It is the largest of the park galleries and one of the most beautiful exhibition venues in Poland. Reconstructed on the basis of the preserved original design by Alfred Schouppé from 1886–1887. It survived 20 years in its original shape. Now, the glass walls and roof in the pavilion wings are laid on an aluminum structure, and the windows and doors received new glazing. When the occasion arose, the marble floor and the stone facing were changed too. The exhibition space is 201 m2. Due its glazing, the venue is perfect for the presentation of small size, not expansive sculpture, which needs a natural complement of light. The presence of the sun and greenery of the park trees is its greatest asset. The visitors do not even have to enter the gallery to see the exhibition. It is enough to do window-watching.
Originally, the function of a winter garden – an orangery – was fulfilled by a building situated opposite the palace, later changed into an annex. When it turned out to be too small, an orangery was designed in another part of the park. Built after 1869, it was to be spacious, light and modern. In the documents, there remains a historizing design made by Alfred Schouppé, in which the stone, polygonal central part is connected with two glass galleries. Probably, the orangery could not have been built exactly according to this design. The central part and one glass wing were definitely functioning. In the summer, when the owners came to Orońsko together with an entourage of students and master’s friends, the orangery was transformed into an atelier, while the plants were taken outdoors, onto the steps and terraces.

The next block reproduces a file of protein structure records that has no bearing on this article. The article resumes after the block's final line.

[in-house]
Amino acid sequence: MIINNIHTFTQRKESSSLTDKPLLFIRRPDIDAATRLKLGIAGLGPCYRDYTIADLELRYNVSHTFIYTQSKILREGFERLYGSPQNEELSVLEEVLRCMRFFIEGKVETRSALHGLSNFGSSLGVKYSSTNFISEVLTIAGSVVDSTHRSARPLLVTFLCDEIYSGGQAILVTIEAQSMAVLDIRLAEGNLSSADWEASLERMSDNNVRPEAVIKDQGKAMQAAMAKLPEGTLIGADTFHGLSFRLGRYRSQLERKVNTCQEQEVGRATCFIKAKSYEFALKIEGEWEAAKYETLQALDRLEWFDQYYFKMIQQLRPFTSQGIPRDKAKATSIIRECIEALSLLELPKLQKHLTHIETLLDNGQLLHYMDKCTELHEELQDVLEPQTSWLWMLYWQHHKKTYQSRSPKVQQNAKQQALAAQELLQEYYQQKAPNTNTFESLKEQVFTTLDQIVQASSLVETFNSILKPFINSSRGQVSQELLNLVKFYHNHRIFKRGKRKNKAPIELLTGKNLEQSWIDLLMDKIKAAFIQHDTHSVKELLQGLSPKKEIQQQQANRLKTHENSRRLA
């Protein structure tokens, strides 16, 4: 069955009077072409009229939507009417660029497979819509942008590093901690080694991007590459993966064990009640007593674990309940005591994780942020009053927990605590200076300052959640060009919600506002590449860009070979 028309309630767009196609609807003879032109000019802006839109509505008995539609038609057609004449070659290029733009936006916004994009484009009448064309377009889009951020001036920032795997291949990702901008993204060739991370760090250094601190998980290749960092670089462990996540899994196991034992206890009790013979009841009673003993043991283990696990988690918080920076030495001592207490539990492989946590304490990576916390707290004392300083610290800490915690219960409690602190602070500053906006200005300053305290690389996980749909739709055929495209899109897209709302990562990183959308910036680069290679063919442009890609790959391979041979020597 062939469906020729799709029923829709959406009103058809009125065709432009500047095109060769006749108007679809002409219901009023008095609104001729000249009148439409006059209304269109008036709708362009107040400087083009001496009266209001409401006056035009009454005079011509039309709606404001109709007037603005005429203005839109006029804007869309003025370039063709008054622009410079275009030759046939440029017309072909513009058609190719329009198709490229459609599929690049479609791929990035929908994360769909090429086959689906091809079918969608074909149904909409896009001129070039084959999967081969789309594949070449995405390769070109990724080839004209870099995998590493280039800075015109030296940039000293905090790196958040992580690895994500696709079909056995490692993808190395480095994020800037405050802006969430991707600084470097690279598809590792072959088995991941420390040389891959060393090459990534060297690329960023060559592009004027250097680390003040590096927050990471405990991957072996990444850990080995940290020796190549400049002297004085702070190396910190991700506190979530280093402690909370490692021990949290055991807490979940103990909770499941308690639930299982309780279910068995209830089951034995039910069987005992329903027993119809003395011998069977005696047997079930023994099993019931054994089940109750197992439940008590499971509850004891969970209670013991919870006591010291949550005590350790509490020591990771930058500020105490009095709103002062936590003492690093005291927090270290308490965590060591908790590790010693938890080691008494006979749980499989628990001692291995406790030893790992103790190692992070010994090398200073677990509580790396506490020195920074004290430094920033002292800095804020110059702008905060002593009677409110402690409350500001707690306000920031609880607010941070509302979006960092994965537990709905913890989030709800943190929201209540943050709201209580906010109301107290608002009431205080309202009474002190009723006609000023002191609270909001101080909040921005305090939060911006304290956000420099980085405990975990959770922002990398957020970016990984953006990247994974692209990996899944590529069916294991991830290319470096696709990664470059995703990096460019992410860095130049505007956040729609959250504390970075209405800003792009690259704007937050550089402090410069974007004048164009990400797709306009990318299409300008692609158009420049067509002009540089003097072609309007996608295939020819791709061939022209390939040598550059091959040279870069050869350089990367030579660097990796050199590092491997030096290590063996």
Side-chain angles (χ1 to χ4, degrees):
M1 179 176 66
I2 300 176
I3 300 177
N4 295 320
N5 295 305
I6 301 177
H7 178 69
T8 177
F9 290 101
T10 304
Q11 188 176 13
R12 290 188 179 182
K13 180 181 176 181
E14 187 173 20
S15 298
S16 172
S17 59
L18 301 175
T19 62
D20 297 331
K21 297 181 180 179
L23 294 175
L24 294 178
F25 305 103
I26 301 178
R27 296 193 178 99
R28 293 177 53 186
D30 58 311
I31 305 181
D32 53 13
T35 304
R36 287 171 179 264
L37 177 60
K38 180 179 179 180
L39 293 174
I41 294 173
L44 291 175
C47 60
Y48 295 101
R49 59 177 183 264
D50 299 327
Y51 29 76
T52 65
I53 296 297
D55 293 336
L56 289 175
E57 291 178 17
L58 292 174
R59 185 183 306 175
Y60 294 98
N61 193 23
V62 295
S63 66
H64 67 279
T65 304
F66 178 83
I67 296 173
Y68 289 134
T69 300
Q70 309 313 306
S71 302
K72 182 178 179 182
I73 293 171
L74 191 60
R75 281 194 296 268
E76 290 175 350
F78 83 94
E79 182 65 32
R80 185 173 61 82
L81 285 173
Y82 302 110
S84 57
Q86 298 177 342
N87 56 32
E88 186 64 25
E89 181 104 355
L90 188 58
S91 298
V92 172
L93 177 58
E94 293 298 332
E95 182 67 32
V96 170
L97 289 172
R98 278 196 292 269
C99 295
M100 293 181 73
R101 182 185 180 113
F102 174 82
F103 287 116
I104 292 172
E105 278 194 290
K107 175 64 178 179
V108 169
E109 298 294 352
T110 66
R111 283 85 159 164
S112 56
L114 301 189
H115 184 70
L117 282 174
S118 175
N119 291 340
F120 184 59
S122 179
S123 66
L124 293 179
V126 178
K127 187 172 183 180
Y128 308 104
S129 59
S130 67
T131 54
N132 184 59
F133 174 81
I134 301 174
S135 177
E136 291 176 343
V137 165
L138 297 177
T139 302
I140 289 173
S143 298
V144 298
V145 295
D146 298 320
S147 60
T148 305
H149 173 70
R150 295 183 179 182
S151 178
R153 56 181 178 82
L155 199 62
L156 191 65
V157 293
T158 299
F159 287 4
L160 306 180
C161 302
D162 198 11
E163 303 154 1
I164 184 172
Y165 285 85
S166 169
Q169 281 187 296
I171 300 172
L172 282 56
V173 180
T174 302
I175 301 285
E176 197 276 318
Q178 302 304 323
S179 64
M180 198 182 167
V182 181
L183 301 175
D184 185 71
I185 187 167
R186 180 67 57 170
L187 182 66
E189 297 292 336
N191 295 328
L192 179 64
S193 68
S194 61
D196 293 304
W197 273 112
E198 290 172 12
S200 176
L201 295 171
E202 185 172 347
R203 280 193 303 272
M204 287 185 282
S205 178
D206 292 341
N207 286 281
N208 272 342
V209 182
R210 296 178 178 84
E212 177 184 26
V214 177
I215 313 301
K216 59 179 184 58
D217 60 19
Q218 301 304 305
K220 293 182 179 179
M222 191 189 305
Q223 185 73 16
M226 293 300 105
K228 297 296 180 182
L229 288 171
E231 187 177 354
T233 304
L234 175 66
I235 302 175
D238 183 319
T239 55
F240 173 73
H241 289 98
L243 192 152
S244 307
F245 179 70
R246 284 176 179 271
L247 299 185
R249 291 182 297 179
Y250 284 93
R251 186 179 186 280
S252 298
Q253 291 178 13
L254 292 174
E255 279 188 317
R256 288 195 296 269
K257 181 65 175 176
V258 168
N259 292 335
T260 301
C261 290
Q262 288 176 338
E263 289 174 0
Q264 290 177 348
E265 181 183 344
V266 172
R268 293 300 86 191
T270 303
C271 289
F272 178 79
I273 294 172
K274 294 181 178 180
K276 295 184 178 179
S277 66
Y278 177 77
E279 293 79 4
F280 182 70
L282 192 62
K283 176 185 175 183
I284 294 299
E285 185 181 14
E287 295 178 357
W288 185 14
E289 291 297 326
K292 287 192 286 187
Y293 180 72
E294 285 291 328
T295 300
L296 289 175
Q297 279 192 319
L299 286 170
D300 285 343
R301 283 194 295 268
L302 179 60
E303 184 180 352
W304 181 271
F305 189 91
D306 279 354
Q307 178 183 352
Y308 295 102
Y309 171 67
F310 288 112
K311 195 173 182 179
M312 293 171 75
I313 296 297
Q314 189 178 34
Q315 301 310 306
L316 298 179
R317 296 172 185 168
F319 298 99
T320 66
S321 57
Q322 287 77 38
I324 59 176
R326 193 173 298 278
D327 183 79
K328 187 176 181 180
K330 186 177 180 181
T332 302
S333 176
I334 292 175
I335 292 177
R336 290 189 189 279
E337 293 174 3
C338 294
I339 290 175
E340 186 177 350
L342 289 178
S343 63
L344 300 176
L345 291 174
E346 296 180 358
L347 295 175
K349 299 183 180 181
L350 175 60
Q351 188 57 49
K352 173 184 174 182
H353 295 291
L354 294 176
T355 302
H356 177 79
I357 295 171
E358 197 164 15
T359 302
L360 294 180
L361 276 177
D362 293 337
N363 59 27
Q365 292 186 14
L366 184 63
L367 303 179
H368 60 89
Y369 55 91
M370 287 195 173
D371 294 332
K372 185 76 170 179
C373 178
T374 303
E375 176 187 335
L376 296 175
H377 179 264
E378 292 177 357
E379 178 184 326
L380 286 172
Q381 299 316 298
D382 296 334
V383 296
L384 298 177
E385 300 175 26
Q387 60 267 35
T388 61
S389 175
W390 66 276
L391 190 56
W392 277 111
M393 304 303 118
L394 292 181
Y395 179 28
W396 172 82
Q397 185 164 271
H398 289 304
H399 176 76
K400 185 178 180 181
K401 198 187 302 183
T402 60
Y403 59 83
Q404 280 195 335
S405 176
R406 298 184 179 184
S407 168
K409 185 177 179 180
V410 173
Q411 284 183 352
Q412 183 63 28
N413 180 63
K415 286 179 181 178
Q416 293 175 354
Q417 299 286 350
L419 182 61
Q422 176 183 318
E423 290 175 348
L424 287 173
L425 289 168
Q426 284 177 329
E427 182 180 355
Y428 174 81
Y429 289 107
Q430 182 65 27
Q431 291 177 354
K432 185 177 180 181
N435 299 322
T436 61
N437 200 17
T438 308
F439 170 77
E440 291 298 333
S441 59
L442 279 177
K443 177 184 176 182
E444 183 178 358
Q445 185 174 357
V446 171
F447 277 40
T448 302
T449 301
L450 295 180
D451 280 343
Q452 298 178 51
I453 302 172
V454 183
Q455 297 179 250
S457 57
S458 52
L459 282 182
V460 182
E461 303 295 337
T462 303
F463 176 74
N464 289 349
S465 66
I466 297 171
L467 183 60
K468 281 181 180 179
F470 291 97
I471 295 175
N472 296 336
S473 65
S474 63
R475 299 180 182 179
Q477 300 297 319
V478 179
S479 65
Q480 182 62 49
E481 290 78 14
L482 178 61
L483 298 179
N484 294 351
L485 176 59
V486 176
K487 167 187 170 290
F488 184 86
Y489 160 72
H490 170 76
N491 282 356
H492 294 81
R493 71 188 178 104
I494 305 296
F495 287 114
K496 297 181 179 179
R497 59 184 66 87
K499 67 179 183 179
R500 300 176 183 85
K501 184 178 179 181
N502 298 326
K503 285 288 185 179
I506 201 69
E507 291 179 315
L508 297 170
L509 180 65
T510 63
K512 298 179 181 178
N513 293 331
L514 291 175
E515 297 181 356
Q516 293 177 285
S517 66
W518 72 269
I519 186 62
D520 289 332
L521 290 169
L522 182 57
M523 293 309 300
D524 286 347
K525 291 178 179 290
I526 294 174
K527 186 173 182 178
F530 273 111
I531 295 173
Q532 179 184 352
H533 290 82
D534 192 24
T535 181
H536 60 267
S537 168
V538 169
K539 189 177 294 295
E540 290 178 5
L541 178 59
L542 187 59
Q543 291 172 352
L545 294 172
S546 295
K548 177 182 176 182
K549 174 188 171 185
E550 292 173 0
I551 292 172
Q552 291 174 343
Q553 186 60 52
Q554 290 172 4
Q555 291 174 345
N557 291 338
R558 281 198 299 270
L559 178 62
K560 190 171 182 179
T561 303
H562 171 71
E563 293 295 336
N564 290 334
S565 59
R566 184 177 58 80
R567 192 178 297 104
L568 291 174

After the WWII, the construction of the orangery was dismantled. It was not until 1986–1987 when this building, so important for Orońsko landscape, was reconstructed using the plan of foundations and Alfred Schouppé’s archival design.